# First Derivative Test

The first-derivative test examines a function's monotonic properties (where the function is increasing or decreasing), focusing on a particular point in its domain. If the function "switches" from increasing to decreasing at the point, then the function will achieve a highest value at that point. Similarly, if the function "switches" from decreasing to increasing at the point, then it will achieve a least value at that point. If the function fails to "switch" and remains increasing or remains decreasing, then no highest or least value is achieved.

One can examine a function's monotonicity without calculus. However, calculus is usually helpful because there are sufficient conditions that guarantee the monotonicity properties above, and these conditions apply to the vast majority of functions one would encounter.

## Precise statement of monotonicity properties

Stated precisely, suppose that f is a continuous real-valued function of a real variable, defined on some open interval containing the point x.

• If there exists a positive number r > 0 such that f is weakly increasing on (xr, x] and weakly decreasing on [x, x + r), then f has a local maximum at x. This statement also works the other way around, if x is a local maximum point, then f is weakly increasing on (x − rx] and weakly decreasing on [x, x + r).
• If there exists a positive number r > 0 such that f is strictly increasing on (xr, x] and strictly increasing on [x, x + r), then f is strictly increasing on (xr, x + r) and does not have a local maximum or minimum at x.

This statement is a direct consequence of how local extrema are defined. That is, if x0 is a local maximum point, then there exists r > 0 such that f(x) ≤ f(x0) for x in (x0 − r, x0 + r), which means that f has to increase from x0 − r to x0 and has to decrease from x0 to x0 + r because f is continuous.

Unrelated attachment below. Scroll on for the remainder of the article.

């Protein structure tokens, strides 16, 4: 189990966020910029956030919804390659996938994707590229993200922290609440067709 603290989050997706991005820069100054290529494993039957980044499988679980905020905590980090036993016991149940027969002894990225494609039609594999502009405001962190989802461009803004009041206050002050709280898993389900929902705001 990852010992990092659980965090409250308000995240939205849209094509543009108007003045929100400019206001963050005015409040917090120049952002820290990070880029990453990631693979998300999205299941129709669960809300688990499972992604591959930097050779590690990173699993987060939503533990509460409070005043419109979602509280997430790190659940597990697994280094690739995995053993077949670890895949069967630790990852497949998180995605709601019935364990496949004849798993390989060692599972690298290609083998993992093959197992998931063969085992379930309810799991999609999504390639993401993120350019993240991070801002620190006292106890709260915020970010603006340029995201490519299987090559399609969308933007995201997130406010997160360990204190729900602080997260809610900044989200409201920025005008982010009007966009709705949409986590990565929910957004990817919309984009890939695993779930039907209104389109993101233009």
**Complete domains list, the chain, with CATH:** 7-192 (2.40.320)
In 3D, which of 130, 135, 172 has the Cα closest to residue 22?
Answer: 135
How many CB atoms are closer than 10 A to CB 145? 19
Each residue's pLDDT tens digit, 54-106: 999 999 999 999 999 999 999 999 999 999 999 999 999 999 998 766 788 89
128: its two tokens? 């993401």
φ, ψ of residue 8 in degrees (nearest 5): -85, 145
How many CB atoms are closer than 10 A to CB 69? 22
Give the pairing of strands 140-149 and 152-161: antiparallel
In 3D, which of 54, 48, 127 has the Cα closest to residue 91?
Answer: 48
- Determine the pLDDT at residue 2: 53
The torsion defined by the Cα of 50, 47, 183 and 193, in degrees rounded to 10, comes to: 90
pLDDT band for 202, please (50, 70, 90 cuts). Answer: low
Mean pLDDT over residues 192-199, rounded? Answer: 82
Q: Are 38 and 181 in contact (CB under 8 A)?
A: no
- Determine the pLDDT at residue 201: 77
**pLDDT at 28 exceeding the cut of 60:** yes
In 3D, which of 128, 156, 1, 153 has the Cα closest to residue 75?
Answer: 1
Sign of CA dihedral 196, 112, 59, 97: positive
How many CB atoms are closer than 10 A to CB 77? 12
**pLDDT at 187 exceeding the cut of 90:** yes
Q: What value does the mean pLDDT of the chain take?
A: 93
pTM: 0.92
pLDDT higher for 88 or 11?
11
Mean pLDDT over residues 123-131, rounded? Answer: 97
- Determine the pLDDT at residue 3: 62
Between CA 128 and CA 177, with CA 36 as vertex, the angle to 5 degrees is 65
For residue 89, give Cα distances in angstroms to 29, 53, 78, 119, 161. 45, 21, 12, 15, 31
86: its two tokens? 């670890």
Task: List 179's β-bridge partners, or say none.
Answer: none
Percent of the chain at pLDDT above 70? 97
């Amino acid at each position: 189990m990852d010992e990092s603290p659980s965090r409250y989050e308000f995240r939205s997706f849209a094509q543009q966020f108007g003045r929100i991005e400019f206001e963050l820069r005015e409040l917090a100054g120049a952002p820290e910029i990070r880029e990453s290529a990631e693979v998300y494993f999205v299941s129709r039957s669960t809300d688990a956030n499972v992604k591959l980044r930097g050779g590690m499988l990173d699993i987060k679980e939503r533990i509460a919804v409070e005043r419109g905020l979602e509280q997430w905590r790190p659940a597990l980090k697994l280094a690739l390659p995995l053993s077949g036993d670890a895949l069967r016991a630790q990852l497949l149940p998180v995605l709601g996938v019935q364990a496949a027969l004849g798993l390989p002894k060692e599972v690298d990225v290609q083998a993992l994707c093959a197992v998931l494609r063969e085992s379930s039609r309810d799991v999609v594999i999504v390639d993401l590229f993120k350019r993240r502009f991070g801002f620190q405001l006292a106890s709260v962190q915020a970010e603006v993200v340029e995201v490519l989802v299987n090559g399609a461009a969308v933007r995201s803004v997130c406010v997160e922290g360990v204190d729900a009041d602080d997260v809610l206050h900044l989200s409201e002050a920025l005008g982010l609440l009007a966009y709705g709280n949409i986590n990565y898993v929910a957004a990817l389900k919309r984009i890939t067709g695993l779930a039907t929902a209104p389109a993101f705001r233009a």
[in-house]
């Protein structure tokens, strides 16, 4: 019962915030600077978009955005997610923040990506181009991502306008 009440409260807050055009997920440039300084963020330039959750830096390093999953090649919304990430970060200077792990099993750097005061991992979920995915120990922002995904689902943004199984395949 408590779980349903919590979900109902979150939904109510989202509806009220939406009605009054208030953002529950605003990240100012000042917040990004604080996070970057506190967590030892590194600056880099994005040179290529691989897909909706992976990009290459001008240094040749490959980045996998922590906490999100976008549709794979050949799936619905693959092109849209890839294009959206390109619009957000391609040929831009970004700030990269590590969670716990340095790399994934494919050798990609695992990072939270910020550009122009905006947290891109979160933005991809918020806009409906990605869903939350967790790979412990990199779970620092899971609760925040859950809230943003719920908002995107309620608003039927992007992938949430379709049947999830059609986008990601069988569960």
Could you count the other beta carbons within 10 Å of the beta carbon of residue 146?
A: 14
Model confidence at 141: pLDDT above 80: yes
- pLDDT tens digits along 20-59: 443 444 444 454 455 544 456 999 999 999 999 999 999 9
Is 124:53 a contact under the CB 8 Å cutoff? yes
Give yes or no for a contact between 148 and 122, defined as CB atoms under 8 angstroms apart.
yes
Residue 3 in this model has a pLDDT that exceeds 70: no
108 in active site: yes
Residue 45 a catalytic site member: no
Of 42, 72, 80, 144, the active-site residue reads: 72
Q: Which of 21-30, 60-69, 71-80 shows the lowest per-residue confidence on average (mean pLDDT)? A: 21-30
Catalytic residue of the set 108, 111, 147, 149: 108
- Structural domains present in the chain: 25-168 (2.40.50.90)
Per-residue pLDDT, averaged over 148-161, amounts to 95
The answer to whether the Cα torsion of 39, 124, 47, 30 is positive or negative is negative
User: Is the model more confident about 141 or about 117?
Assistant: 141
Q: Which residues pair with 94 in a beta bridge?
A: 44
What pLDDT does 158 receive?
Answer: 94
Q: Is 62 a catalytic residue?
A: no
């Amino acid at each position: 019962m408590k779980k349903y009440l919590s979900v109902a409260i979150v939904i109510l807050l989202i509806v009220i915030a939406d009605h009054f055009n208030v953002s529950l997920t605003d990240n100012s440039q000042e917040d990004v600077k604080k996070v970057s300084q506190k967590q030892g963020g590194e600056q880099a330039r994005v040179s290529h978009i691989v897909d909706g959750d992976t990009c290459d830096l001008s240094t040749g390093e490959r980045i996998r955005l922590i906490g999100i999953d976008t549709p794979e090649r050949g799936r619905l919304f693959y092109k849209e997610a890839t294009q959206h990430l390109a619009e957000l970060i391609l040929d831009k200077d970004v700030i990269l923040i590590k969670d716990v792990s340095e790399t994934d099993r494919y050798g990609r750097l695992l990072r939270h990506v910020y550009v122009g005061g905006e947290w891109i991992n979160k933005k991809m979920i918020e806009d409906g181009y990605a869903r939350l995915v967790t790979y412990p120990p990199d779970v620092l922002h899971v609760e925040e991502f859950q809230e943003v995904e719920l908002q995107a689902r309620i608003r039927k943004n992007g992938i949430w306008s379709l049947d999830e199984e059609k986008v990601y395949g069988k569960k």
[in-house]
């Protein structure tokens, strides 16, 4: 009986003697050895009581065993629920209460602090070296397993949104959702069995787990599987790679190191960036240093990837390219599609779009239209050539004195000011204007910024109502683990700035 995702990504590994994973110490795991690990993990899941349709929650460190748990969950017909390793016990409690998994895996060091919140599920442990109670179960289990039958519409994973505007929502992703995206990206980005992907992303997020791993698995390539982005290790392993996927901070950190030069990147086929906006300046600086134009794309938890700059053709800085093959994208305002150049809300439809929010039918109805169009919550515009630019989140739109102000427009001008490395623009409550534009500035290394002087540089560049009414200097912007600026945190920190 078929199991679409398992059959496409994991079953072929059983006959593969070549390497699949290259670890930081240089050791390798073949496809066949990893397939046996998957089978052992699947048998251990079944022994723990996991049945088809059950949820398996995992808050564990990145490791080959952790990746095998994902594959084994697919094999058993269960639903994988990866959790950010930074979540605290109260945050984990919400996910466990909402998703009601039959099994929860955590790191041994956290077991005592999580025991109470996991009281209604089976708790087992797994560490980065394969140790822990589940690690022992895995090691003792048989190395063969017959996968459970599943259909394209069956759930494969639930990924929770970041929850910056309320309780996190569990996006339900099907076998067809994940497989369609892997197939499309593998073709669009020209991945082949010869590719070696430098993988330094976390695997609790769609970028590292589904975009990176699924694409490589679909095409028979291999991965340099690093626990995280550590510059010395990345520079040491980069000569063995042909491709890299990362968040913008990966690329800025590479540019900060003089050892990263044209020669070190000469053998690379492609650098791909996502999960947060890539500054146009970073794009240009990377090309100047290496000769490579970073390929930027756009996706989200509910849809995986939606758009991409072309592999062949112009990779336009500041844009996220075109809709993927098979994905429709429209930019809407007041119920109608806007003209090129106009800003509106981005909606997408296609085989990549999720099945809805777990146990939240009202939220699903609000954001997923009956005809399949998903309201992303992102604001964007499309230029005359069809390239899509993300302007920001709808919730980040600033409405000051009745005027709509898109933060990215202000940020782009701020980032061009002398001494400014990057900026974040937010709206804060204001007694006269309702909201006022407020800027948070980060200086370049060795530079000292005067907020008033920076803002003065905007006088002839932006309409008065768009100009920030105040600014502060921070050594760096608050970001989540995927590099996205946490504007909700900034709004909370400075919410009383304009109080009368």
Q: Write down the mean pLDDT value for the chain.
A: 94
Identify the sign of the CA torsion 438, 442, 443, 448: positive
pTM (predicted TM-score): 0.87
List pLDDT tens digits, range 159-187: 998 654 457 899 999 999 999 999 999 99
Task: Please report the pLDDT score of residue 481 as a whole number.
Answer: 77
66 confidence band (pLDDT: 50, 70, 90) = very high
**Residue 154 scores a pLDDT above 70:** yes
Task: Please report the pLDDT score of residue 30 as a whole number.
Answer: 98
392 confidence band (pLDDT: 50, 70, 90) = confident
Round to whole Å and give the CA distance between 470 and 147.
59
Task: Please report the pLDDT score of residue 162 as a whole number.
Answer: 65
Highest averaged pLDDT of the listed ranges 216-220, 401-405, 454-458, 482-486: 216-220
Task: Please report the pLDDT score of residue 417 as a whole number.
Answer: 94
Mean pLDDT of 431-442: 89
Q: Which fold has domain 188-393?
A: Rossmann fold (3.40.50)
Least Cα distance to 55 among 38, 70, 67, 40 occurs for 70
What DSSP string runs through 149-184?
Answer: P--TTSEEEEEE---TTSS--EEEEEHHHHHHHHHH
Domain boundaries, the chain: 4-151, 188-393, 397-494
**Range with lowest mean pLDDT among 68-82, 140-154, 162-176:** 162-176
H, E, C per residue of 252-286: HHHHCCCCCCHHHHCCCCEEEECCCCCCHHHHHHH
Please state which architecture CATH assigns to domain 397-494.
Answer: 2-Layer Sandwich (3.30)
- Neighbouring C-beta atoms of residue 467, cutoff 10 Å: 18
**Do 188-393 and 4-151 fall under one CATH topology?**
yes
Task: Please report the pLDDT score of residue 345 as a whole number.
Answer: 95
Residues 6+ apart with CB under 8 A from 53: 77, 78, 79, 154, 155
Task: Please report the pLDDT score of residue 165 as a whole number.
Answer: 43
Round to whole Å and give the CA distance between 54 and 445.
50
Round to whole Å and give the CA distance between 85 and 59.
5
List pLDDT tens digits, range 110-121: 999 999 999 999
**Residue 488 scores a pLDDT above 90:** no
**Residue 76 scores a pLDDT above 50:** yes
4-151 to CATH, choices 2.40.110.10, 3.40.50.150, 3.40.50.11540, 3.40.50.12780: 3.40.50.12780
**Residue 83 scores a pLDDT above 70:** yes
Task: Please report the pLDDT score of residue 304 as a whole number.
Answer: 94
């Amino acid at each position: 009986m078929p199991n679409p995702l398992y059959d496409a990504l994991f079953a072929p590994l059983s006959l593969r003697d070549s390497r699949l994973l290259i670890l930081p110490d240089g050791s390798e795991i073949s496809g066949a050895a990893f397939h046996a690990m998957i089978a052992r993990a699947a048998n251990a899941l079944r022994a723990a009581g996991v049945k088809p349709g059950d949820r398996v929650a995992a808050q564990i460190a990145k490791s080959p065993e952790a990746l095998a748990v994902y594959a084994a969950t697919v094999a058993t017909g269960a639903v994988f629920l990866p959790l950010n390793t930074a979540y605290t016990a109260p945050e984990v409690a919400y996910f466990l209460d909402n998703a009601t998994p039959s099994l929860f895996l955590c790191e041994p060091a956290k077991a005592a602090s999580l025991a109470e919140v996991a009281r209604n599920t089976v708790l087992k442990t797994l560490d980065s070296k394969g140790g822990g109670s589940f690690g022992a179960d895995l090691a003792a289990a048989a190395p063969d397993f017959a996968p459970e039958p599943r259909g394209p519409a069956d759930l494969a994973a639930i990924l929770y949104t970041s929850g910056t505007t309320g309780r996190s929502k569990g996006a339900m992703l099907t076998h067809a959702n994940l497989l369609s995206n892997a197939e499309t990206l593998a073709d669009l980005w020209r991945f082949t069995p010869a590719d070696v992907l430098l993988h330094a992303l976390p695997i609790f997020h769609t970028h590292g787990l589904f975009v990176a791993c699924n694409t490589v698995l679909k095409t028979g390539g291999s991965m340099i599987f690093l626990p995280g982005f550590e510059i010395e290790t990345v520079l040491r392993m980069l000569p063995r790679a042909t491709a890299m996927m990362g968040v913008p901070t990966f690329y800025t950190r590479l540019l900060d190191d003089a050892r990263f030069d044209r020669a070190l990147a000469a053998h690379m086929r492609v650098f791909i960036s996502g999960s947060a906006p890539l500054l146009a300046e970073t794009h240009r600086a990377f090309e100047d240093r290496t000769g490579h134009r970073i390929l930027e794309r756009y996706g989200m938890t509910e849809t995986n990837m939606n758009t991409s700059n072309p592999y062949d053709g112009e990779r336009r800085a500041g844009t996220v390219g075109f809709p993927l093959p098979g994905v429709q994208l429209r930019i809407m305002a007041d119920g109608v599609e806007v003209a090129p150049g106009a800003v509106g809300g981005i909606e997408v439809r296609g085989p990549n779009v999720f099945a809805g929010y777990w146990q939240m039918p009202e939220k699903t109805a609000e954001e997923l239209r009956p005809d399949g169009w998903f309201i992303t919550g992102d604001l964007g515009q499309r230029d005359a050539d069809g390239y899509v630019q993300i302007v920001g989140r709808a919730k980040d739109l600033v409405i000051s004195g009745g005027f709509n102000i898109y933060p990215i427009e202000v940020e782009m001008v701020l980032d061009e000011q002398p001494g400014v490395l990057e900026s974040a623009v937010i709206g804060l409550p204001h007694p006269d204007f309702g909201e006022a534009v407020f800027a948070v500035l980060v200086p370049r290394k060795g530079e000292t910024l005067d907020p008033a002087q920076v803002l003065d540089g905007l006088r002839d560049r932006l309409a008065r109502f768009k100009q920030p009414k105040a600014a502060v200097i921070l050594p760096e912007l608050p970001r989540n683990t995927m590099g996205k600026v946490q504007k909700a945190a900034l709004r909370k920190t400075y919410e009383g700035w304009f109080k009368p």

Note that in the first two cases, f is not required to be strictly increasing or strictly decreasing to the left or right of x, while in the last two cases, f is required to be strictly increasing or strictly decreasing. The reason is that in the definition of local maximum and minimum, the inequality is not required to be strict: e.g. every value of a constant function is considered both a local maximum and a local minimum.

## Precise statement of first-derivative test

The first-derivative test depends on the "increasing–decreasing test", which is itself ultimately a consequence of the mean value theorem. It is a direct consequence of the way the derivative is defined and its connection to decrease and increase of a function locally, combined with the previous section.

Suppose f is a real-valued function of a real variable defined on some interval containing the critical point a. Further suppose that f is continuous at a and differentiable on some open interval containing a, except possibly at a itself.

• If there exists a positive number r > 0 such that for every x in (ar, a) we have f '(x) ≥ 0, and for every x in (a, a + r) we have f '(x) ≤ 0, then f has a local maximum at a.
• If there exists a positive number r > 0 such that for every x in (ar, a) ∪ (a, a + r) we have f '(x) > 0, then f is strictly increasing at a and has neither a local maximum nor a local minimum there.
• If none of the above conditions hold, then the test fails. (Such a condition is not vacuous; there are functions that satisfy none of the first three conditions, e.g. f(x) = x2 sin(1/x)).

Again, corresponding to the comments in the section on monotonicity properties, note that in the first two cases, the inequality is not required to be strict, while in the next two, strict inequality is required.

## Applications

The first-derivative test is helpful in solving optimization problems in physics, economics, and engineering. In conjunction with the extreme value theorem, it can be used to find the absolute maximum and minimum of a real-valued function defined on a closed and bounded interval. In conjunction with other information such as concavity, inflection points, and asymptotes, it can be used to sketch the graph of a function.